Even when he was serving in the Army Reserves during the Vietnam War, Frank Ohman refused to ignore his art, sneaking off the base at Fort Ord in Marina, California, whenever he could to practice ballet at a nearby dance studio.
Ohman, who danced with the San Francisco Ballet and the New York City Ballet before starting a company and a school on Long Island, died of natural causes on July 22 at his home in Centerport. He was 80.
"He was the most genuine man you could ever meet," said his son, Johan Ohman, of Raleigh, North Carolina. "He had such a positive attitude. If I was ever being negative or down on myself, he could bring me up...he'd always put a little more spirit in me."
At New York City Ballet, Ohman studied under George Balanchine, eventually becoming a soloist and partnering many leading ballerinas including Maria Tallchief, Suzanne Farrell, Allegra Kent, Patricia McBride and Gelsey Kirkland. He performed in works by Balanchine, as well as Jerome Robbins, Frederick Ashton and Jacques d'Amboise. Accomplished in the classics, Ohman was especially excellent in character roles, notably Balanchine's "Western Symphony."
With Balanchine's blessing, Ohman founded the New York Dance Theatre on Long Island in 1974 and five years later the Frank Ohman School of Ballet, which opened in Greenlawn before moving to Huntington. The school is now in Commack and Ohman was still teaching at the time of his death. "People would always ask if he was going to retire," said company manger Argere Loizides, adding that he responded by saying "I'm going to jeté right out of this world." Loizides said the nonprofit school would continue to operate "to carry on Ohman's legacy," and donations in his memory will be used to support the school.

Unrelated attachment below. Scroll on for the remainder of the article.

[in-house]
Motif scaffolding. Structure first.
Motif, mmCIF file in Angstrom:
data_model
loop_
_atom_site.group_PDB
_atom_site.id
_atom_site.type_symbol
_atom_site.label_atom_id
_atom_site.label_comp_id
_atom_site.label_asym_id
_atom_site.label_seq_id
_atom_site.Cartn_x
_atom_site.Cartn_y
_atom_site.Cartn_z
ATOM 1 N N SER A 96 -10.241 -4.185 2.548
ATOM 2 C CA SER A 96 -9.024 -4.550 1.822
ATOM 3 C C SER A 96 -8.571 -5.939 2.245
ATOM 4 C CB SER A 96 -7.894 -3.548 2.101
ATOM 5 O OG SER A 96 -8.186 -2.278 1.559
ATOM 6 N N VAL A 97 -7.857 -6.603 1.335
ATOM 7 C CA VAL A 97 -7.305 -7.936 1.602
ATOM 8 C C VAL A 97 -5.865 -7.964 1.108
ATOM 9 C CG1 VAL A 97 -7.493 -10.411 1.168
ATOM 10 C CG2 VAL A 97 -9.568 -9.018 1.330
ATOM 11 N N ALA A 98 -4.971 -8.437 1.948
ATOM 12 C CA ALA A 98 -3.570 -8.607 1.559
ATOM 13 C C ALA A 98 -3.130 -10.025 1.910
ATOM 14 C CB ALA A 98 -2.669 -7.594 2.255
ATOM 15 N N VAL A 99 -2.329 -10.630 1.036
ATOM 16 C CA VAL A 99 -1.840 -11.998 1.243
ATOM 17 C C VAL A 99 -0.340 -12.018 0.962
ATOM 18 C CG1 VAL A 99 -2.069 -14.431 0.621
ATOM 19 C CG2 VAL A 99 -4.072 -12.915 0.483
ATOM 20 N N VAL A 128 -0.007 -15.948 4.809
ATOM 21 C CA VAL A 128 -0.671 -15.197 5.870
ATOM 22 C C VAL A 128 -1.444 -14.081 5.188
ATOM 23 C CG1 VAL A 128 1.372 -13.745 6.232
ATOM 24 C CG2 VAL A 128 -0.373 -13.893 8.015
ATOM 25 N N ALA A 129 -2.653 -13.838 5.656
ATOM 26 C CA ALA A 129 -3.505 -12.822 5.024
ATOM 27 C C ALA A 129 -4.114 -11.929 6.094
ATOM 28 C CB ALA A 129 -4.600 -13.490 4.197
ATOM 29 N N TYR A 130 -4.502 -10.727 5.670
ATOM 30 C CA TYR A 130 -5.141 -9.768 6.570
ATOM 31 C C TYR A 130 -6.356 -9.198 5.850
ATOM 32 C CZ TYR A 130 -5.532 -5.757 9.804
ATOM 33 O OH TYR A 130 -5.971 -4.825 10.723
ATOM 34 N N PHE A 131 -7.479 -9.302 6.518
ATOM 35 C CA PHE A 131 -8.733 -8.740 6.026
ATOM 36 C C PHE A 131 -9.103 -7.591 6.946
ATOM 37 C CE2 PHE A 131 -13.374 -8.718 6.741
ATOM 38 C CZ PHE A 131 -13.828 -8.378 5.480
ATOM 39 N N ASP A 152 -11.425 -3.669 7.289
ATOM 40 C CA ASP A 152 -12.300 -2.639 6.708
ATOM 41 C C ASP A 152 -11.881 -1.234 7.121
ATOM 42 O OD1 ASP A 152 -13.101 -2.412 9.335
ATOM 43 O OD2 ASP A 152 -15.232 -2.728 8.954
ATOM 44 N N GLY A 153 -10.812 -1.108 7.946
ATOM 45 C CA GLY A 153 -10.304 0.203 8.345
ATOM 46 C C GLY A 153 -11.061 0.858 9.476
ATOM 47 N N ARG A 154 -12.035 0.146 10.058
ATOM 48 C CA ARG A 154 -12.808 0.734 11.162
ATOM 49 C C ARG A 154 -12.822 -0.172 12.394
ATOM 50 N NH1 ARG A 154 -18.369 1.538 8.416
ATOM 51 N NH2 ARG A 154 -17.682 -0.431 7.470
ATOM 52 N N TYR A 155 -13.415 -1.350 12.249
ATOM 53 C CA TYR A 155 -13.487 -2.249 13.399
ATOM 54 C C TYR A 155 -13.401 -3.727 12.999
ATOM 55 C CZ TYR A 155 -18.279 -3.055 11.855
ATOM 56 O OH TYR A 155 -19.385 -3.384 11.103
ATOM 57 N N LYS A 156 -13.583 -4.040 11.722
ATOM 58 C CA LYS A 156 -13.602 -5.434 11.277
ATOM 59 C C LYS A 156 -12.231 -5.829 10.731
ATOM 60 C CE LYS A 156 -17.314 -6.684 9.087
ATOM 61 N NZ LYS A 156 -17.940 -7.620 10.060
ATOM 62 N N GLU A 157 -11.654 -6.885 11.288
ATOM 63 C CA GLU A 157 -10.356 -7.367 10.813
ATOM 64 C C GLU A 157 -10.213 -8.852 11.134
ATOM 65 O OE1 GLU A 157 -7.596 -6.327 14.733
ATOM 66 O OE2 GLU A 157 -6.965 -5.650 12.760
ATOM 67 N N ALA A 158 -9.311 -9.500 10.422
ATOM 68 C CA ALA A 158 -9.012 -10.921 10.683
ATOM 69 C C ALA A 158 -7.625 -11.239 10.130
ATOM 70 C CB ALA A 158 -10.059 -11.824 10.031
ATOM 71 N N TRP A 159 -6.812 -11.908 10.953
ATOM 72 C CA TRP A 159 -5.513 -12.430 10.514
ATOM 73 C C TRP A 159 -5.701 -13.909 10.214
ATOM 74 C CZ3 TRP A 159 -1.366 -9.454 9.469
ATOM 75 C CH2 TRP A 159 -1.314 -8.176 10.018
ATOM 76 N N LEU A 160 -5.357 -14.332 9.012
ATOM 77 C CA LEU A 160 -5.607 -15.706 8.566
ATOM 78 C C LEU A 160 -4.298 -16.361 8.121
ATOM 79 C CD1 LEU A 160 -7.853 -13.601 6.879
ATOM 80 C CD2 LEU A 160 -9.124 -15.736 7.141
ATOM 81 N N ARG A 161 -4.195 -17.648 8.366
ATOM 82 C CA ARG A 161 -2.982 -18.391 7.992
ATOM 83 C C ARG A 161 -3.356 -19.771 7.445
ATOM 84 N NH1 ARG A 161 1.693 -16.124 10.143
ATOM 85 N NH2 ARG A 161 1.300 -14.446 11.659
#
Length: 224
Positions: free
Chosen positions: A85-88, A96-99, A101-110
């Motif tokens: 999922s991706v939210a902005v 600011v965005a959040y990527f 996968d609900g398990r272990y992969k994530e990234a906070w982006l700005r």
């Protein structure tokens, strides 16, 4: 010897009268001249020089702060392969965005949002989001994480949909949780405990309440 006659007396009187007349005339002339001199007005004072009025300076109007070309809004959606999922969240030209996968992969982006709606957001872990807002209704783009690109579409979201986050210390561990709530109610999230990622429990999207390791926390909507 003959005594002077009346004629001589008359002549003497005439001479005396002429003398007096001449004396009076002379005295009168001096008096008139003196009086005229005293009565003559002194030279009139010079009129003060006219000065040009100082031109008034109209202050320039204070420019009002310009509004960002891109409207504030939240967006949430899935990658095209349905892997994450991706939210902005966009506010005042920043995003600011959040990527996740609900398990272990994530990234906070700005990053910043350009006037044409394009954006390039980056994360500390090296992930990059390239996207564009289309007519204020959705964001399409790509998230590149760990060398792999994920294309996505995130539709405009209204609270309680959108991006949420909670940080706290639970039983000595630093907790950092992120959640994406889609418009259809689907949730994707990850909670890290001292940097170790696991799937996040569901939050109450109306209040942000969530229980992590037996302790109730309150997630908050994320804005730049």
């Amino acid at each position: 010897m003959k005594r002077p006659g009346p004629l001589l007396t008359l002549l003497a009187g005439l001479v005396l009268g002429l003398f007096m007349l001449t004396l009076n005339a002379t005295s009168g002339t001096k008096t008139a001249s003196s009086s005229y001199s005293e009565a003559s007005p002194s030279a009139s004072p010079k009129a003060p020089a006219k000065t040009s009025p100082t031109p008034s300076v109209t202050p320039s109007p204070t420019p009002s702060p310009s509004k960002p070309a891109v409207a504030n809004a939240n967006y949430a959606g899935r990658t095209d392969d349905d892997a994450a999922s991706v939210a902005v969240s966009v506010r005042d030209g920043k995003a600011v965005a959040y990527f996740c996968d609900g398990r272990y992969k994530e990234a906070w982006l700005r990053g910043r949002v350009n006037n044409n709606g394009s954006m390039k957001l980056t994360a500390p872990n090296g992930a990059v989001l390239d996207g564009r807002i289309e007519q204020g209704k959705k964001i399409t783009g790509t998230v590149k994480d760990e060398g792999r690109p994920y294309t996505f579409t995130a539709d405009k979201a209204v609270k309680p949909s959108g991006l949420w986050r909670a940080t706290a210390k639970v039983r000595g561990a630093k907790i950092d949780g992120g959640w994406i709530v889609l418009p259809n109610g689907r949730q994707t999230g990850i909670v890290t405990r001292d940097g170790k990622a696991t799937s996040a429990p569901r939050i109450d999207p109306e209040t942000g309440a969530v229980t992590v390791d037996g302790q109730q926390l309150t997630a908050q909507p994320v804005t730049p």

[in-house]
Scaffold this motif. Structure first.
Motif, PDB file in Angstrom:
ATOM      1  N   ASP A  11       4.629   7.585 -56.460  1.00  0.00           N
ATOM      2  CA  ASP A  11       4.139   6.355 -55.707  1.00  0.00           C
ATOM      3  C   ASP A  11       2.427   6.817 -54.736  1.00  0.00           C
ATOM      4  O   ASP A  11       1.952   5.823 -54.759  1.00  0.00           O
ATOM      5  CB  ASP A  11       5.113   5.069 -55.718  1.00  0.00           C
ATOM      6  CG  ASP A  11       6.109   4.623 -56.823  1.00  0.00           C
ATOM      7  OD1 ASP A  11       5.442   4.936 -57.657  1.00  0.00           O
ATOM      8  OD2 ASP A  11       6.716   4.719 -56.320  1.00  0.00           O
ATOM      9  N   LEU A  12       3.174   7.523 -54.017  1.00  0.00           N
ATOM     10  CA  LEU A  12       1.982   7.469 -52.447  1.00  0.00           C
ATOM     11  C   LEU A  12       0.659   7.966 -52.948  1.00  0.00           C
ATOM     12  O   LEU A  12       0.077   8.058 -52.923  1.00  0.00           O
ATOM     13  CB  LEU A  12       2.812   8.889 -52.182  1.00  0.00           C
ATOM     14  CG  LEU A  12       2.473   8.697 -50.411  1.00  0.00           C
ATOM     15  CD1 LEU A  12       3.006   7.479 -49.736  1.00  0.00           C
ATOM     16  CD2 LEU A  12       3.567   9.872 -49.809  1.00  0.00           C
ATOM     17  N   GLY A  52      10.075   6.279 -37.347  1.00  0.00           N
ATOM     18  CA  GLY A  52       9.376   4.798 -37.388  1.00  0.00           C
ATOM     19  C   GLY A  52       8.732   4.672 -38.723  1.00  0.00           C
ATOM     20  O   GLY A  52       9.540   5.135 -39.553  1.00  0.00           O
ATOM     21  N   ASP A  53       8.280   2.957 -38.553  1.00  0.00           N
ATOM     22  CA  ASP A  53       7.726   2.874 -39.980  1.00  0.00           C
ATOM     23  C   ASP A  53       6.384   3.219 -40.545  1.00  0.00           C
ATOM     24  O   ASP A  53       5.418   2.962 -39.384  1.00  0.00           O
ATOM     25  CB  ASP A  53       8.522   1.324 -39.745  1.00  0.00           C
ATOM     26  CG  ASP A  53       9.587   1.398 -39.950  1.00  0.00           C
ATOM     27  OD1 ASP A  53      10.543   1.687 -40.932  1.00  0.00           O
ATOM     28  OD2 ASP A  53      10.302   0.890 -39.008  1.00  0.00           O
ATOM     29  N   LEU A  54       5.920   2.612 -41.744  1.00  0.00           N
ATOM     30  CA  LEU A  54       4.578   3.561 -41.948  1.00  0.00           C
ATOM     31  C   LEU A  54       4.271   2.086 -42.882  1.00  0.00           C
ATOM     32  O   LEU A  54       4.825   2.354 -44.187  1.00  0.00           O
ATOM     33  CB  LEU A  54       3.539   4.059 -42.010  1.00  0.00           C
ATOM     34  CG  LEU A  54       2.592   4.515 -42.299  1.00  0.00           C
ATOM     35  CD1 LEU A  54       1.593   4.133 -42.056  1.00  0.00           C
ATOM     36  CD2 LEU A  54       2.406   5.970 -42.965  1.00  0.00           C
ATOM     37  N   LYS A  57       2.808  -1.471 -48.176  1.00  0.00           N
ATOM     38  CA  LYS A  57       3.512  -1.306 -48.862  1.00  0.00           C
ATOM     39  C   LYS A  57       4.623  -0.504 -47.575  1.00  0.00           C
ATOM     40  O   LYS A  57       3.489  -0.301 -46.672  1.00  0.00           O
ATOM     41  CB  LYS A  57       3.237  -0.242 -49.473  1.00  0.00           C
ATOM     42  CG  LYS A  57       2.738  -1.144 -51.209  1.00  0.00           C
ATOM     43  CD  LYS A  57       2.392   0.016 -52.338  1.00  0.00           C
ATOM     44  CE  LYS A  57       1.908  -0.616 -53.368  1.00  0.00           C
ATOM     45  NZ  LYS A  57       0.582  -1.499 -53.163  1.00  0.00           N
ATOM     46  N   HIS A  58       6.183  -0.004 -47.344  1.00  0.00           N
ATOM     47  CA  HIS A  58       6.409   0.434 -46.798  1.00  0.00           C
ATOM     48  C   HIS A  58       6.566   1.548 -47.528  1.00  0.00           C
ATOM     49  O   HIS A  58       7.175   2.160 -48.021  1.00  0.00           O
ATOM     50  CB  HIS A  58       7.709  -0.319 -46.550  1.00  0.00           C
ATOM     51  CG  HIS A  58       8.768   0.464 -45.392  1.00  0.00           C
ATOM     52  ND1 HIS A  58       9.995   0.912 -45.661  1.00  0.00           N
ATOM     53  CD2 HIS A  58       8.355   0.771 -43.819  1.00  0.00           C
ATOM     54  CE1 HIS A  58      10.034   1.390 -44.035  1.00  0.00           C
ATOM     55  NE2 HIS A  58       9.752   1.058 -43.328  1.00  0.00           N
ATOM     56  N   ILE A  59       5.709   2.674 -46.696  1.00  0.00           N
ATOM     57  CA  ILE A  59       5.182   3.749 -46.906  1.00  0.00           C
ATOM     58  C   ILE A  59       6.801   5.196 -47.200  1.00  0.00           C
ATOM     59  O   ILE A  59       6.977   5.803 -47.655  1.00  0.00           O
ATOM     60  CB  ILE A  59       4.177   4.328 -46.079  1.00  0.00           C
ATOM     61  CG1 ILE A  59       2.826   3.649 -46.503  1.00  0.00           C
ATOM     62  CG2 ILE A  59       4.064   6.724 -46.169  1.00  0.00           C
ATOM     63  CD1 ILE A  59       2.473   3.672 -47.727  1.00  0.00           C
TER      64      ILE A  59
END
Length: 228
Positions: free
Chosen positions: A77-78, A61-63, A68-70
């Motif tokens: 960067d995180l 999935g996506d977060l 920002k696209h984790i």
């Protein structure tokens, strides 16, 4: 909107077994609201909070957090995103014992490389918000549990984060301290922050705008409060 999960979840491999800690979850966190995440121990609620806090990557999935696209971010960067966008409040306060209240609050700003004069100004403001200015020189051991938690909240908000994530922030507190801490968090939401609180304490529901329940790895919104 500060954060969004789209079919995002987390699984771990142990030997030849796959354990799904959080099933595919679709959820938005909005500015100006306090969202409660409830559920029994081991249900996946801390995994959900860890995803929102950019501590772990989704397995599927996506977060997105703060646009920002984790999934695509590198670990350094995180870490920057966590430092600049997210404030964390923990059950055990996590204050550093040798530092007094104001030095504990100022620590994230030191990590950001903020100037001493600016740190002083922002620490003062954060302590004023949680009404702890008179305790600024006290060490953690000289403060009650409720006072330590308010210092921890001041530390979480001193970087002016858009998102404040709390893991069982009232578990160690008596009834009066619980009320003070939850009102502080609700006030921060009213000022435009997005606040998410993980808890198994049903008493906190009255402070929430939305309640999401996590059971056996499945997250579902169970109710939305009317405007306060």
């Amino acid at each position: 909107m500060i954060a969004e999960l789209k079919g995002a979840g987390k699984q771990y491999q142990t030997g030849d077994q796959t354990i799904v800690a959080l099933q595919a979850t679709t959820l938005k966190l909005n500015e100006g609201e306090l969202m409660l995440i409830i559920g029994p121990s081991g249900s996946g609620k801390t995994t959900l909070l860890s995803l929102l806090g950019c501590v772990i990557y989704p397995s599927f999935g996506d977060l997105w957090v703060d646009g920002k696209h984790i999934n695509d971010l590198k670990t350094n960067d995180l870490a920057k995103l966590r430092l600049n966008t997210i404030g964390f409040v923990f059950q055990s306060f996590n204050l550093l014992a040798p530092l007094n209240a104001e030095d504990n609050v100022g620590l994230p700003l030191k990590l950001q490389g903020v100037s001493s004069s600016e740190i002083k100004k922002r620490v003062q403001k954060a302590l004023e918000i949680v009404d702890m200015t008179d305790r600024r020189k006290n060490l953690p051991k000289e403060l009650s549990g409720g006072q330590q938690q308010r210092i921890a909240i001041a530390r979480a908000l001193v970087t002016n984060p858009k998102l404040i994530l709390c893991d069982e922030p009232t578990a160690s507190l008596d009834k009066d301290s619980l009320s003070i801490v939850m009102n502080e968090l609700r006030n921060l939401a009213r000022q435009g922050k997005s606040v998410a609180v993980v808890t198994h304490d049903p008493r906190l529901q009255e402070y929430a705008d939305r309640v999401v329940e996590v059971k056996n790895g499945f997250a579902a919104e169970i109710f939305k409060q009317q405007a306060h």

Ohman choreographed more than 200 ballets for his company, along with those in Boston, Edmonton and Syracuse, among others. His annual "Nutcracker," with professional dancers joining students from his school, is one of the few granted permission to use Balanchine's original choreography for the Sugar Plum Fairy pas de deux.
"I was to forge a close relationship with Mr. Balanchine that was to guide my life for decades," Ohman wrote in the 2014 biography "Balanchine's Dancing Cowboy," which he co-wrote with Emily Berkowitz. "Now, years after his death, (he) still guides my life and helps me make difficult choices," he wrote. Ohman encouraged his students to take a broad view of the arts and set a high standard with his work as a fine artist. His paintings were shown all over Long Island.
Four decades of alumni from all over the country attended a private funeral on Saturday, said Johan Ohman. "There were so many students he loved and touched, you could see his impact." Along with his son, Ohman is survived by his grandson, Luke. A public memorial is to be scheduled at a future date.